Sir John Hargrave's Mischief Maker's Manual

( 2 )

Overview

This is the definitive guide to pranking and mayhem. Written in the style of a training manual, but with hilarious illustrations, this book is broken up into five sections. The “Basics” shows kids how to find a pranking partner and how to pull simple pranks like making crank calls. “Prank Moves” explains how to pull pranks at places like home, school, or camp. “Do-It-Yourself” demonstrates things like putting a real worm inside an ice cube. “Experts Only” covers such advanced pranks as how to fake an alien ...

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Overview

This is the definitive guide to pranking and mayhem. Written in the style of a training manual, but with hilarious illustrations, this book is broken up into five sections. The “Basics” shows kids how to find a pranking partner and how to pull simple pranks like making crank calls. “Prank Moves” explains how to pull pranks at places like home, school, or camp. “Do-It-Yourself” demonstrates things like putting a real worm inside an ice cube. “Experts Only” covers such advanced pranks as how to fake an alien landing. And “Recipes” gives step-by-step instructions on how to bake tuna cookies.

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Editorial Reviews

Publishers Weekly

Fans of the Dangerous Book for Boys should appreciate this detailed manual, complete with vintage-style illustrations on how to successfully pull off pranks. While adamant about safety-"If you have to ask a question about someone getting hurt, then you shouldn't be doing it"-the book offers ideas for making mischief that are frisky enough to get a rise out of their targets. Pranks include making a "Screaming Cabinet" (using the device from musical greeting cards), creating the "World's Largest Butt Photo" and faking an alien landing. What's most appealing, however, is the emphasis on being clever, creative and funny while making mischief. Ages 8-12. (June)

Copyright © Reed Business Information, a division of Reed Elsevier Inc. All rights reserved.
VOYA - Robert Johnston
So awesome it is illegal in thirteen states, this book takes the concept made famous by The Dangerous Book for Boys and puts a fresh twist on it. The M3, as the book refers to itself, is a fully contained course in practical jokes, covering historical pranks, rules, and plenty of fun activities that readers can try at home. There is also an online tie-in (http://www.mischiefmakersmanual.com) where new pranks are added several times a month and readers can print out badges proclaiming their status as Master Mischief Makers. The online component makes this title stand out among the crowd, and pranks themed to current events and holidays are illustrated with photographs and YouTube videos. The book itself is attractive, featuring a striking yellow-and-black cover, and includes a reversible sleeve to "disguise" itself. Throughout the book, there are quizzes and benchmarks so that ambitious pranksters can test their prowess before attempting more difficult pranks. There are also six "ranks" of mischief maker to achieve, with each having its own Boy Scout-like badge. The linear nature of the book lends itself more to cover-to-cover reading than random skimming, which might dissuade more reluctant readers, but the overall feel is very polished. Providing great fun for would-be pranksters (if not their hapless victims), this manual of mischief is sure to please. Reviewer: Robert Johnston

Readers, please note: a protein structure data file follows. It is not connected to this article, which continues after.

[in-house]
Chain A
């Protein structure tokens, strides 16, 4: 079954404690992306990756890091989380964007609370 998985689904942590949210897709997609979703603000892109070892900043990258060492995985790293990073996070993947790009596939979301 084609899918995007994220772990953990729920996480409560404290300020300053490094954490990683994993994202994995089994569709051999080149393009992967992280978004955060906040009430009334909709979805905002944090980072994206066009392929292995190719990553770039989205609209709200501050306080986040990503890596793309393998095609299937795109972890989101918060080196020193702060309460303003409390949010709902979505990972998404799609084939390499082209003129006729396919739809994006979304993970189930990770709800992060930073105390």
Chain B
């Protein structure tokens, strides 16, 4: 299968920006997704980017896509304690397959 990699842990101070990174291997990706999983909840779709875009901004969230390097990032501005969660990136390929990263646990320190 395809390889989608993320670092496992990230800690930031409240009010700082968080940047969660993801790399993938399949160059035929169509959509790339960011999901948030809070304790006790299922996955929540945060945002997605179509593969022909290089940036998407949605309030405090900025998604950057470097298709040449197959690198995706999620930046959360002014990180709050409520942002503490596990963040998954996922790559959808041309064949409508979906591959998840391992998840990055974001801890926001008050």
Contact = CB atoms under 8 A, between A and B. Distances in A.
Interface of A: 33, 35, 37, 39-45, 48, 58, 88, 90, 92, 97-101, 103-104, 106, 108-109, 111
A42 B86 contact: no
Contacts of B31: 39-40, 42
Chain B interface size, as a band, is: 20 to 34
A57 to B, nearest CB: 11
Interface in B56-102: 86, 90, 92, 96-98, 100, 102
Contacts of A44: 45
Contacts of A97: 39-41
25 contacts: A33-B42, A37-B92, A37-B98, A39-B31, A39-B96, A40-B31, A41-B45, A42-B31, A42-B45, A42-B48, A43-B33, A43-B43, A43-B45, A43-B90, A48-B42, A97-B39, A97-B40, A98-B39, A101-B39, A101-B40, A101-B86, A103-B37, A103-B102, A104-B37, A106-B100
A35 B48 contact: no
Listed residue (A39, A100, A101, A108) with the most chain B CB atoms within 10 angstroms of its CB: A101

Children's Literature - Naomi Butler
There is ordinary mischief and there is magnificent mischief. Any fool can create ordinary mischief but only by reading this unusual book can you create "magnificent mischief." Never cruel but always funny and creative, the mischief in this book will change the art of pranking forever! The chapters include "The Perfect Prank," "The Prankster's Code," "How to Stay Out of Trouble," "Looking Official," "Prank Phone Calls," "Getting Away With Stuff," "Prank Moves," "Do-It Yourself Gags," "Experts Only," "Publicizing Your Pranks," "How To Hoax," and "Massive Mischief." There is a "Trouble" section and an "About M3 Institute and staff." There are some illustrations and lots of "directions." The illustrations and the drawings are very well done with clear explanations. The reader will now join the secret ranks of an exclusive group of pranksters worldwide. The book's final notes state, "Mischief making is a lifelong endeavor. You must never lose your curiosity, your creativity, your sense of playfulness and fun. Pranksters give joy to the world." Reviewer: Naomi Butler
School Library Journal
Gr 7 Up–Though at first glance this handbook may seem like a tween/teen version of William Powell’s The Anarchist Cookbook (Barricade, 1990), it’s actually a lot more like Conn Iggulden and Hal Iggulden’s innocuous The Dangerous Book for Boys (Collins, 2007). While the focus is on how to execute perfect pranks, and while there is definitely an illicit feel to the book design, there’s also strong emphasis on mischief-makers’ ethics as defined in a “Prankster’s Code,” which is repeated throughout the book. Among its prescriptions: Always be careful; don’t be a bully; do no lasting damage; and be funny. That last edict is a biggie. The book constantly emphasizes that, ultimately, pranks should be creative and harmless enough to be entertaining to parties on both sides of the equation–even if perpetrators have to return to the scene of their crimes to help clean up any lingering messes. While it’s destined to be devilishly attractive to reluctant readers, most of the pranks outlined are actually of the dribble-glass and Whoopie cushion variety. But some, like any worthwhile high jinks, could go awry and land pranksters in hot water. If that happens, the manual also provides tips on how to get out of trouble gracefully. Some techniques, like the Ping-Pong ball smoke bomb, may give some professionals pause, no matter how many safety guidelines accompany them.–Jeffrey Hastings, Highlander Way Middle School, Howell, MI